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Physics106Lab- #8

Physics106Lab- #8 - Weight 1 = 50 g Length 3 = 42.5 cm...

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James Wong Forces on a Strut 12/04/08 Physics 106A-005 Objective The purpose of this lab is to determine the tension on the supporting cord and a strut by taking torques about the pivot point of the strut. Setup First we begin our experiment by attaching the apparatus onto the table pole. Then we proceed to attach a string onto the pulley. One end of the string has a weight holder attached to it, and the other end of the string is wrapped around a iron pole. The weight holder and the iron pole are to be in equilibrium to each other on the pulley, so we proceed to add weights onto the weight holder and the iron pole until they are in equilibrium. We then concluded the experiment by recording the masses that were attached to the system, and the lengths of where the masses were attached. Formulas t = r x F mg(r/2)sinθ = t mg(r)(sinθ)= t mg(r)(sin γ) = t Data Weight of strut = 113.6 g Length 1 = 33 cm Weight = 615 g Length 2 = 48.5 cm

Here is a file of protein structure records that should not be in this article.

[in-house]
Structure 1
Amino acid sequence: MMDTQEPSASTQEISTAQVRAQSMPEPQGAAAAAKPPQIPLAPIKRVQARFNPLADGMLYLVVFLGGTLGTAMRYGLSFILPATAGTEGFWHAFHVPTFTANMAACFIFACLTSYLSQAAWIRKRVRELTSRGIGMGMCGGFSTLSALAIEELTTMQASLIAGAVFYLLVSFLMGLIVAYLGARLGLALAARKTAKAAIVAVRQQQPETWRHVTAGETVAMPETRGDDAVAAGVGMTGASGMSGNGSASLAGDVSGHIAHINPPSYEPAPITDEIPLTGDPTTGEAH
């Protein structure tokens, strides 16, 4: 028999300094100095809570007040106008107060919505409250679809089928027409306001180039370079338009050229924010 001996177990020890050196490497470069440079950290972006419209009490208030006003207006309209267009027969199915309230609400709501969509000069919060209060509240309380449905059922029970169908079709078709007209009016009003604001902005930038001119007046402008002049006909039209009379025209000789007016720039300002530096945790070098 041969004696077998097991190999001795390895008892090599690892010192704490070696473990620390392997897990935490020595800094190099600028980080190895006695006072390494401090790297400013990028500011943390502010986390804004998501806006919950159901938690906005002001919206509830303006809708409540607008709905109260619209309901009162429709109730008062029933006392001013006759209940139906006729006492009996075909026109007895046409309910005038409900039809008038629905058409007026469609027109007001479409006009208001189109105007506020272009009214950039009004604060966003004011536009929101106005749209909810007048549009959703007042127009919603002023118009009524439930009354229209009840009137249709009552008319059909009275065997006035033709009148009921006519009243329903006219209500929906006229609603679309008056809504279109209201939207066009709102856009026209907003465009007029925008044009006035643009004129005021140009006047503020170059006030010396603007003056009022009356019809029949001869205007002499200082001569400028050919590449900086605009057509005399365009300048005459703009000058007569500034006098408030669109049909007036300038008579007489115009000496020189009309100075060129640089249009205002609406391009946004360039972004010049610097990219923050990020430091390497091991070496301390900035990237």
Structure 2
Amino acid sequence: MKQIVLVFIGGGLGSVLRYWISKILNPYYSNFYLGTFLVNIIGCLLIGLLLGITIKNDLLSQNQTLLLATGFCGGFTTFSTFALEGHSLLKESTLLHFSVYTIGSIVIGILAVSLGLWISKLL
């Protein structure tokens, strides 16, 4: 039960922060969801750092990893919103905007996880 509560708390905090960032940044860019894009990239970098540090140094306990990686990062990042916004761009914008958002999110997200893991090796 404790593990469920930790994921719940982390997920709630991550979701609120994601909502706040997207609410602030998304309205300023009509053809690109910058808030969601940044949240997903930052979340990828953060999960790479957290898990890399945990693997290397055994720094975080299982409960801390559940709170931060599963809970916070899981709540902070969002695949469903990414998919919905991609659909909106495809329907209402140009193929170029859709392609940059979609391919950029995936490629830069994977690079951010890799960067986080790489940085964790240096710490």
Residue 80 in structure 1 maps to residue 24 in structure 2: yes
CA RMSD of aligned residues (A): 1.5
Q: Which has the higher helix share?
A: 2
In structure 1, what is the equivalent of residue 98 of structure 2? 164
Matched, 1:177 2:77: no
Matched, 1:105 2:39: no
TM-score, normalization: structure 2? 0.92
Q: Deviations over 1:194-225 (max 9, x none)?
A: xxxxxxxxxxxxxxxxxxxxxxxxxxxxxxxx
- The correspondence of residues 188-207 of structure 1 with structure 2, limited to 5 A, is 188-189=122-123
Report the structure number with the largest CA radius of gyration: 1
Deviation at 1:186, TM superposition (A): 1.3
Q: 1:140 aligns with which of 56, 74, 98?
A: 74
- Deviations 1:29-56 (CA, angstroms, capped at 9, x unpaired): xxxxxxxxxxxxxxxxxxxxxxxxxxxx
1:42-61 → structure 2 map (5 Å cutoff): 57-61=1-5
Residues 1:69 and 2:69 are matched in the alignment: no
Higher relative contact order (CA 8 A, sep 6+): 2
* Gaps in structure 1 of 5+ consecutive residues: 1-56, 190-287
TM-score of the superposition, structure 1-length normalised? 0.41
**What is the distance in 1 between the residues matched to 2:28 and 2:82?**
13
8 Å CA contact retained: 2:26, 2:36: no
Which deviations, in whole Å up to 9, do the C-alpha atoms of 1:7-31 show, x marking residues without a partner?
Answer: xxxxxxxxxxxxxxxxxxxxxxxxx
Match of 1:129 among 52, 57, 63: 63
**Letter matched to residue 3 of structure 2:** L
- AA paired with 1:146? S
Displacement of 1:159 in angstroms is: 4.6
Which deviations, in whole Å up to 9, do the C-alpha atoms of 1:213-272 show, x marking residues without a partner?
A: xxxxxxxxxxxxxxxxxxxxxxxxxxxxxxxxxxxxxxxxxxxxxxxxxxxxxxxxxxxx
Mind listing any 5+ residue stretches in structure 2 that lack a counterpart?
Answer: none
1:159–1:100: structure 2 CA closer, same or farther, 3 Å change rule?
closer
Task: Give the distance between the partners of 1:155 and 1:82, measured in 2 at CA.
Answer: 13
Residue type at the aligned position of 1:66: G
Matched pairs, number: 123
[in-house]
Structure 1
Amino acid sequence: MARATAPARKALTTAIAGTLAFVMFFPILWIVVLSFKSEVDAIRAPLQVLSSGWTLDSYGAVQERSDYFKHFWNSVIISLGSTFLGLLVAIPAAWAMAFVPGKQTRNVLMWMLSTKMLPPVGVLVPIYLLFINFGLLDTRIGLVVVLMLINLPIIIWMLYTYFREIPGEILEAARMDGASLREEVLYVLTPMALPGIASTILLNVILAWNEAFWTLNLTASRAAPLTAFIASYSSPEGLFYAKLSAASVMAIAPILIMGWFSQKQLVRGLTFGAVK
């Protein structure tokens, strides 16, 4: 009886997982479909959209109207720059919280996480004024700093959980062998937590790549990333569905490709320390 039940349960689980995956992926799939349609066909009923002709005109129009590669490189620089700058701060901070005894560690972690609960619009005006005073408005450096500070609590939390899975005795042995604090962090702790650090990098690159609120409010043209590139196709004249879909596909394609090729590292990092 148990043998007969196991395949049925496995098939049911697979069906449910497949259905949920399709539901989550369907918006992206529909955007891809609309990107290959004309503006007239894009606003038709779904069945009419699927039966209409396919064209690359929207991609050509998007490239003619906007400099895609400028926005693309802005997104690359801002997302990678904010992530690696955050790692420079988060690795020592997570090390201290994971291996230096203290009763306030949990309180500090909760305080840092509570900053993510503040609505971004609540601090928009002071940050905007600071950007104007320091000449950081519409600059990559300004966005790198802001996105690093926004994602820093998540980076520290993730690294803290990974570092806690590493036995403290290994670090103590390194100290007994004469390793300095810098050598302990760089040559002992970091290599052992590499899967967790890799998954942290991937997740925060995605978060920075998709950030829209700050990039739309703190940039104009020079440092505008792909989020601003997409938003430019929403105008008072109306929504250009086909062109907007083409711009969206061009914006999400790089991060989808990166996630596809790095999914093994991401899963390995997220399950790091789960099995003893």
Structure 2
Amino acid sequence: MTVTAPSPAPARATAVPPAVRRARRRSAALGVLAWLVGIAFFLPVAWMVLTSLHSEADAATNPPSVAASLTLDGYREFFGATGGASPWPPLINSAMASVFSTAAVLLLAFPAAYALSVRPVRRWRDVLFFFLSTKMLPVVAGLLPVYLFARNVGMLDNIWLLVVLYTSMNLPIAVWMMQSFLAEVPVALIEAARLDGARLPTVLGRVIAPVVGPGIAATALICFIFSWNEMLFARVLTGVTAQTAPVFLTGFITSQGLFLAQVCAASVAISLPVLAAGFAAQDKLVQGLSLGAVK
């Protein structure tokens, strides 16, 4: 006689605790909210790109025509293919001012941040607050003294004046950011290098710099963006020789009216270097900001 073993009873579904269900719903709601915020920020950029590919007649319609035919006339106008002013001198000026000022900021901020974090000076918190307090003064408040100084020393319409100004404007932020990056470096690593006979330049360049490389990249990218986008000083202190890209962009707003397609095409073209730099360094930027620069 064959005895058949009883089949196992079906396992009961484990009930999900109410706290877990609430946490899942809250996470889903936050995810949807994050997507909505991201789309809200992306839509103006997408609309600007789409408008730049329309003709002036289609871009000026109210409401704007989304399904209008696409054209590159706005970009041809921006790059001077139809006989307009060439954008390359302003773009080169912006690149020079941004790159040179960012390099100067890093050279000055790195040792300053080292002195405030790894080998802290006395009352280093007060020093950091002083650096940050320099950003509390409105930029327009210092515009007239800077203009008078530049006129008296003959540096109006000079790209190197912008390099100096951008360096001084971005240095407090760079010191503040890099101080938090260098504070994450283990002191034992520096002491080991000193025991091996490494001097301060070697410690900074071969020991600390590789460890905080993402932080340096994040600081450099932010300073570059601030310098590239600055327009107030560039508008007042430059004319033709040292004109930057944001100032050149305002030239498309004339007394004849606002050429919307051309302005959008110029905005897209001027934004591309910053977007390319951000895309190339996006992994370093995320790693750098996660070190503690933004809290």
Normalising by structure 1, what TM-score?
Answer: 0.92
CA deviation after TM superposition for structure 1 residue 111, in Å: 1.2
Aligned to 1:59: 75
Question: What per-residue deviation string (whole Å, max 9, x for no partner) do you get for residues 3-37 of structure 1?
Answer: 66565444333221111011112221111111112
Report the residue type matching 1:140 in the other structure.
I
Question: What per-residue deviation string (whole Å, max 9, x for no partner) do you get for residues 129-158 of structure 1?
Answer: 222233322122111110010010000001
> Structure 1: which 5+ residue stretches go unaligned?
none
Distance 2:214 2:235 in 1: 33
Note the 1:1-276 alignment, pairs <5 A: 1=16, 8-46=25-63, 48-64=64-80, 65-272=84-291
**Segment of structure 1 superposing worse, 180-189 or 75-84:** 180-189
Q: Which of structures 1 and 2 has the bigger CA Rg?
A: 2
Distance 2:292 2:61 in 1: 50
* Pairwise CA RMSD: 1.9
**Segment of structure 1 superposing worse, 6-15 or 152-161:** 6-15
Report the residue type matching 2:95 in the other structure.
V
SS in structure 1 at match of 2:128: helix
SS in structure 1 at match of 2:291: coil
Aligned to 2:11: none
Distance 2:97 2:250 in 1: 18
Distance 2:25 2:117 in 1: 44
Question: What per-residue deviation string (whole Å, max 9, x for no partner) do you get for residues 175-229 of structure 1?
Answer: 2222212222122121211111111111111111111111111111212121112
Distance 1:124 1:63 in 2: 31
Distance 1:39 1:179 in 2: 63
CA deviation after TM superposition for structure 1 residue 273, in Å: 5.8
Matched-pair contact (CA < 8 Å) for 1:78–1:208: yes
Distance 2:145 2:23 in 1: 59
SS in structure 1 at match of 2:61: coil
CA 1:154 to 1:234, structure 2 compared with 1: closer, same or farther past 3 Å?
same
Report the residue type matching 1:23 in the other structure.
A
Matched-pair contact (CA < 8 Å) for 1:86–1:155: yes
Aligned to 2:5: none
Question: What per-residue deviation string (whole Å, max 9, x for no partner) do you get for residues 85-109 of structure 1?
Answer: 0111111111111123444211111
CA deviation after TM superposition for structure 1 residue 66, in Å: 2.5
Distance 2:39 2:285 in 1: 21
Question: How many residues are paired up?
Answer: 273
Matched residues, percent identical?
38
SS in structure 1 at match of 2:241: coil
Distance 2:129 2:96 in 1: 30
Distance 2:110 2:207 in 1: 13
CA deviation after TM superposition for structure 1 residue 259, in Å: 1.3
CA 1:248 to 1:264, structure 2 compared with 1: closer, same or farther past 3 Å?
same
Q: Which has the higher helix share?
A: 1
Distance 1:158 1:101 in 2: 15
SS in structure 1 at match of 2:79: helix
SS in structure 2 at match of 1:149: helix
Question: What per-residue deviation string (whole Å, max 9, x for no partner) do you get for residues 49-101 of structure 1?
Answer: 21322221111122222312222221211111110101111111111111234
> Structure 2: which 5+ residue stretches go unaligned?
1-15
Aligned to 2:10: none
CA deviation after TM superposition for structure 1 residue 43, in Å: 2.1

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Unformatted text preview: Weight 1 = 50 g Length 3 = 42.5 cm Weight 2 = 270 g Total Length = 58.5 cm Θ = 44.2 Calculations T for Center = 113.6(9.8)(0.585/2)(sin(44.2)) = 227.02 T for Weight 1 = (50)(9.8)(0.33)(sin(44.2)) = 112.73 T for Weight 2 = (270)(9.8)(0.485)(sin(44.2)) = 556.64 Conclusions In this experiment, we can see how greatly the torque can greatly change due to the mass and the radius. Depending on where you place the mass, the more or less the torque there will be. When one sets the mass closer to the center of the length, the less torque there will be. The further away the mass is from the center, the more torque there will be. When we perform the experiment, we noticed that even though the strut is in equilibrium, one small tab on the strut could set it out of the equilibrium. So when we record the data, the system might not truly be in equilibrium, and thus could cause an error in our results....
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